The afternoon of Feb. 6, I was standing in line at the Singletary Center for the Arts box office behind a handsomely dressed couple that looked like they had just come from church to see the final performance of the University of Kentucky Opera Theatre’s production of Porgy and Bess.
When it was their turn to be served, the man held out his credit card, and the ticket agent said, “I’m sorry. This performance is sold out.”Metropolitan Opera soprano Angela Brown as Bess in the sold-out Feb. 6 performance of the UK Opera Theatre production of “Porgy and Bess.” Photo by Tim Collins for UK Opera Theatre.
That’s become a more common occurrence at Lexington-area shows recently. Just this weekend, Rupp Arena presents a sold-out performance by country star Jason Aldean Friday night, the Lexington Opera House hosts two sold-out performances by theBeatles tribute show Rain and Saturday night’s concert by violin legend Itzhak Perlman and the University of Kentucky Symphony Orchestra is so sold out even people who know people couldn’t get tickets.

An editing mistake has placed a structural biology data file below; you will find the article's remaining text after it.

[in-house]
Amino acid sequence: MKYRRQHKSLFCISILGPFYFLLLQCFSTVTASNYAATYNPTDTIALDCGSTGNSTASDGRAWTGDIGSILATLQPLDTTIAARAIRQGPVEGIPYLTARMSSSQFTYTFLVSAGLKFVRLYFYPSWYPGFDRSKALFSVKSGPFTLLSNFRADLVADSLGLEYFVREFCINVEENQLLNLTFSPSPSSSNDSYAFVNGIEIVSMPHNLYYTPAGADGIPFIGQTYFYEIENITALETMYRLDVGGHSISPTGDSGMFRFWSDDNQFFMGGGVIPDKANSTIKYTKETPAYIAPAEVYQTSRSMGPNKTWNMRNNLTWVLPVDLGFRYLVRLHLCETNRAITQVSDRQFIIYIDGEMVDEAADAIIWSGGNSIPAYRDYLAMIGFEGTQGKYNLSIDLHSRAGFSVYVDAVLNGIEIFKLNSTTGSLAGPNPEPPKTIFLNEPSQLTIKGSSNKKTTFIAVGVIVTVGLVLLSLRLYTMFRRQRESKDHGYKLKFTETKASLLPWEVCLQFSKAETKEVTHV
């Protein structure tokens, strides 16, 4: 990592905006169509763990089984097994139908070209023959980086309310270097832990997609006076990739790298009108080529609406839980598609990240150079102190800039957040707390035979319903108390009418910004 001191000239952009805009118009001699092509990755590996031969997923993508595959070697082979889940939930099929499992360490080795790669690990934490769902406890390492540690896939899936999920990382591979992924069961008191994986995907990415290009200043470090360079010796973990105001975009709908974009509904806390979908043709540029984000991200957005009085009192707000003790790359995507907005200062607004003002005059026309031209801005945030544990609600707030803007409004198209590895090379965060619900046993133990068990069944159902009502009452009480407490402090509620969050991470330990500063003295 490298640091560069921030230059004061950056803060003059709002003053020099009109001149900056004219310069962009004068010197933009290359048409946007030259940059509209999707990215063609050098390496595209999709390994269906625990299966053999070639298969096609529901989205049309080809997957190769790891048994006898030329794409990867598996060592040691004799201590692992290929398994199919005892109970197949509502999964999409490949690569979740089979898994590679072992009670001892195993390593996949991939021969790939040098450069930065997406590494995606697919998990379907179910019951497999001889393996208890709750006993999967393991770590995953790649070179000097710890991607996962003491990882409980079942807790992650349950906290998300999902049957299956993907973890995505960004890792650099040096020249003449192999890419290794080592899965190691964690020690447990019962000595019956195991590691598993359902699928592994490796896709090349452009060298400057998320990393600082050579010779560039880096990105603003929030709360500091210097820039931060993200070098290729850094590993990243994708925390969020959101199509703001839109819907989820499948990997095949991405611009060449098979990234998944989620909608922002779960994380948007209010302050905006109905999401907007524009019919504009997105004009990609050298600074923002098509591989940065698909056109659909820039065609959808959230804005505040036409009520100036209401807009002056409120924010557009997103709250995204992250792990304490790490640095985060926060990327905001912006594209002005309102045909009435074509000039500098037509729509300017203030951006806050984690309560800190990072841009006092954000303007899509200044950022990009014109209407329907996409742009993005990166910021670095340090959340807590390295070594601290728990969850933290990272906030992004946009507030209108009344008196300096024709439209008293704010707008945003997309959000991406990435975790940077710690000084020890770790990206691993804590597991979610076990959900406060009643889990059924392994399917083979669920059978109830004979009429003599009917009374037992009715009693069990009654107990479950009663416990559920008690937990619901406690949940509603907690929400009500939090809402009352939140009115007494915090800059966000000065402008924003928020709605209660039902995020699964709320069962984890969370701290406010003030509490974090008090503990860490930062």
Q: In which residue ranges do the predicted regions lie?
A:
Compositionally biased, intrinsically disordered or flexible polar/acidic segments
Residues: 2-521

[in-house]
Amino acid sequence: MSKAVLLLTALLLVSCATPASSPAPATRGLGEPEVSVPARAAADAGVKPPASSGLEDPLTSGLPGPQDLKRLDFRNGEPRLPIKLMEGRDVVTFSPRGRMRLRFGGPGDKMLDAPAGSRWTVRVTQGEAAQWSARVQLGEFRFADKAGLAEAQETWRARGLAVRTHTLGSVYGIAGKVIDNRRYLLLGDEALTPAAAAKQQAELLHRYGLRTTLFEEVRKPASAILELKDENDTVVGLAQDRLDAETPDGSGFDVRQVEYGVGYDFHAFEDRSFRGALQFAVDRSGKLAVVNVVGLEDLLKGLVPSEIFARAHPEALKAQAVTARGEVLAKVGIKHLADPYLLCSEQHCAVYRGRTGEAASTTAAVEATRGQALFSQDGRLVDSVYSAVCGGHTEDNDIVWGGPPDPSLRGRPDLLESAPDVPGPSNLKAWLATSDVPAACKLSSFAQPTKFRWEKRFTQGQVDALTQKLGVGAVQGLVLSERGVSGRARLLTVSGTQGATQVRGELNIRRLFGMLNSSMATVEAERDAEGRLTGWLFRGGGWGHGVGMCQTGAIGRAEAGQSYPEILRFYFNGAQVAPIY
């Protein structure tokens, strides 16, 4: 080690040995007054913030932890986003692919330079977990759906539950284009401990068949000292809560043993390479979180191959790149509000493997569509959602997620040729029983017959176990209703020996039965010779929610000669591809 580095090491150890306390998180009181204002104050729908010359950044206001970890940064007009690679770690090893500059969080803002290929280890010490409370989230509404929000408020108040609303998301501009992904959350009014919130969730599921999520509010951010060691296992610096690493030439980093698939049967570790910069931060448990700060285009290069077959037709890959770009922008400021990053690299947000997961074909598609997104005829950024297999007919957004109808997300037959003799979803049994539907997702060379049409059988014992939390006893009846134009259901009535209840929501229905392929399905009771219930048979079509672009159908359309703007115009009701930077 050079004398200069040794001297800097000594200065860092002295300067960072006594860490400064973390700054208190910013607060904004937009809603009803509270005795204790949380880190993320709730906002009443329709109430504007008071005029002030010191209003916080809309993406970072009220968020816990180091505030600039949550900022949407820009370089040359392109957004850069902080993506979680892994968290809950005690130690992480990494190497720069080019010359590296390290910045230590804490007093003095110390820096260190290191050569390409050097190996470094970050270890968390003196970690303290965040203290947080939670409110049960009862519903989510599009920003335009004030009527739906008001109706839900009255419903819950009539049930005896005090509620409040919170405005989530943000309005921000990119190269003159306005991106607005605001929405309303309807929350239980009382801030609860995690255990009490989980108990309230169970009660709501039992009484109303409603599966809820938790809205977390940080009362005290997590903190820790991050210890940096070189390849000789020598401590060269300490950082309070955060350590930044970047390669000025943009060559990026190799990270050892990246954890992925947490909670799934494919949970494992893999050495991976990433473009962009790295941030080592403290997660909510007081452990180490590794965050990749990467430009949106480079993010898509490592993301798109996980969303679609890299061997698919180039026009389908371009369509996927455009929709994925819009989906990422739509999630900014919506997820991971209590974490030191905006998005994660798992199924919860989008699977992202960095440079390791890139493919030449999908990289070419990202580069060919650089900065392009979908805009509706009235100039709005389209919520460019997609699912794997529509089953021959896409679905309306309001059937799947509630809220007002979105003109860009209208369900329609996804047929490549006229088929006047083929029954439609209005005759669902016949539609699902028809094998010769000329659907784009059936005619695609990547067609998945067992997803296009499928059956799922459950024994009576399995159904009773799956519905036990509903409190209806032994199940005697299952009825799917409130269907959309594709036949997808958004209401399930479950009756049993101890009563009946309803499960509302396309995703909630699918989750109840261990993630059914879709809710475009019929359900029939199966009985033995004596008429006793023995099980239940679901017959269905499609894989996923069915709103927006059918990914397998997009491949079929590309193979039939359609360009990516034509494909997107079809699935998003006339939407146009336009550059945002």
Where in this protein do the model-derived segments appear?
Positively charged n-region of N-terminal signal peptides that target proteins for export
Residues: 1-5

This follows recent sold-out or near sold-out shows at those venues by artists such as pop star Chris Isaak, comedian Kathy Griffin, the touring production of Spamalot! and country stars Rascal Flatts, Rupp’s first non-UK basketball sell-out of 2011.
So, is the sell out back? Is a recovering economy starting to show up at the box office?
Well yes and no, venue directors say.
Yes, things do seem to be better than they were in the depths of the great recession in 2008 and ‘09. They also see other factors from a string of very popular acts to a pure desire on consumers’ parts to go have fun to ticket prices coming back to earth.
Feb1Filed under: Central Kentucky Arts News, Classical Music, Country music, Eastern Kentucky University, Music, Musicals, Norton Center for the Arts, Theater, UK; Tagged as: Center for the Performing Arts at Eastern Kentucky Univ, Centre College, Debra Hoskins, George Foreman, Katherine Eckstrand, Lexington Opera House, Luanne Franklin, Michael Grice, Norton Center for the Arts, Singletary Center for the Arts, Steven A. Hoffman